Grade 3 to 4: Why is it a rough transition?

By Drum Digital
12 May 2014

Your child’s workload will increase and they’ll need to spend more hours at school. This is how you help them during the transition.

The transition from one school grade to another can be difficult and challenging, especially for pupils moving from Grade 3 to 4. And as many parents will tell you, the jump from the Foundation Phase of early education to the Intermediate Phase (Grades 4-6) can be scary and tough.

In Grade 4 your child’s workload increases substantially. This is also the time when learners start following the Curriculum and Assessment Policy Statements (Caps). “The Caps system is designed to develop a child’s independence,” explains Madi Mbambo, a Grade 5 teacher at Panorama Primary School in Pietermaritzburg, adding that the Caps system also requires children to do research for their subjects.

“Children must be able to do work on their own and think on their own. It encourages critical thinking – pupils must discover things by themselves.”

This is often where the problem lies, because if you’ve always been giving your child a hand, this is the time to let go – but that could be difficult for them, and make you feel guilty. Apart from the academic challenge, the start of Grade 4 can also be an emotional time for young children. As they grow older, they become more aware of their differences and abilities – and this may affect a child’s self-esteem.

Clinical psychologist Cristine Scolari says parents should acknowledge their child’s feelings. “Say to your child, ‘I know you think this work is tricky but let’s try and understand it . . .’ ”

She adds that you should be careful not to put too much pressure on your child, “but not having any expectations of the child won’t help either”.

Parents should keep an eye out to spot an unhappy child. A lack of enthusiasm about school, or behavioural issues such as eating and sleeping more than usual, can be signs of problems.

So how do you help your child navigate this new learning curve?

Mbambo explains that moms and dads must have a clear grasp of what happens at the start of Grade 4 – this will allow them to give young children the right level of support.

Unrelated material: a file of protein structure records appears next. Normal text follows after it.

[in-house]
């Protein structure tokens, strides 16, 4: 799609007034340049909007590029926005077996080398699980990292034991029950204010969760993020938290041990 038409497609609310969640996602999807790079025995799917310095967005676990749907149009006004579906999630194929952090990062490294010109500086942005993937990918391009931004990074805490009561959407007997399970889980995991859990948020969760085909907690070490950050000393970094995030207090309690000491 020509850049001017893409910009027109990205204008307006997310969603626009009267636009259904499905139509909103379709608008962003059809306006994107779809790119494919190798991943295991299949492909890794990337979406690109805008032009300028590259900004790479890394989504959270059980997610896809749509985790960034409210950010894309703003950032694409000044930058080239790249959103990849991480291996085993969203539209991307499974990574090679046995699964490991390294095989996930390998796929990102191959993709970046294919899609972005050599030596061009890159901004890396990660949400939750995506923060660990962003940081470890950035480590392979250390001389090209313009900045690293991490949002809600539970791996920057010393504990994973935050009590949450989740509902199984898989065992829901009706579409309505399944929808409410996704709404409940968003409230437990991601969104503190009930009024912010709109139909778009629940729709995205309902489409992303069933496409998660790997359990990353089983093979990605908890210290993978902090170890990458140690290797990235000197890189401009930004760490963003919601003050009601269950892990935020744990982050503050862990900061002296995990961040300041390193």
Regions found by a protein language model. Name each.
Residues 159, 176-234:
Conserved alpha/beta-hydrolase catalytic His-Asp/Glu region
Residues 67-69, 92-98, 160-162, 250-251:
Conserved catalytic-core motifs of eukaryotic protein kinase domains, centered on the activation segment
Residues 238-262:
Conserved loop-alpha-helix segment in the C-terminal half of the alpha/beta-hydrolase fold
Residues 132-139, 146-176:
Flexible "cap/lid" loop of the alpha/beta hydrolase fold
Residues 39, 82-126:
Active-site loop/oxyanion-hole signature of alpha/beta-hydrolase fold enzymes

Here’s her list of the most difficult challenges, with practical tips to ease the process:

  • CHALLENGE: Parents should start letting go and not do their children’s homework for them. Allow them to be independent.

TIP: Monitor your child’s homework but don’t do their homework for them. Instead, show the child how to do the work. For example, if your child has three sums to complete for maths, do one sum for them as an example and let them do the rest.

  • CHALLENGE: New teachers are a reality when your child enters the intermediate phase. This can be frustrating, especially for shy children.

TIP: Make an effort to facilitate relationships between your child and their teachers, Mbambo says. If necessary, arrange a meeting with the new teacher and take your child along. This will help the child warm to the teacher.

  • CHALLENGE: A much heavier suitcase, as exercise books double at the start of Grade 4. This also means more work!

TIP: If your child is struggling with the extra workload, enrol them into extra classes after school, suggests Nhlanhla Dlamini, a teacher at Ekwaluseni Catholic Intermediate School in Vrede, Free State. This will help them cope, with the added value of supervision and support.

  • CHALLENGE: Longer school days, as pupils generally have about three hours added to their class time from Grade 4.

TIP: Concentration levels are generally low for children who’ve just moved to Grade 4, as the longer school day saps their energy. Therefore, ensure your child goes to bed early to rest their mind. Pack snacks such as crackers, pretzels and nuts, and sandwiches with peanut butter or cheese to stretch their attention span.

  • CHALLENGE: Motivating the child to keep up with the new, faster pace in the classroom.

TIP: Parents should pick up where the teacher has left off in the classroom, Nhlanhla says. Find out what lessons your child is working on in class and encourage them to read and write for you at home. If they’ve pulled their weight reward them – this will make them feel special.

- Katlego Mkhwanazi

SOURCES: EDUCATION.COM, MAMAOT.COM

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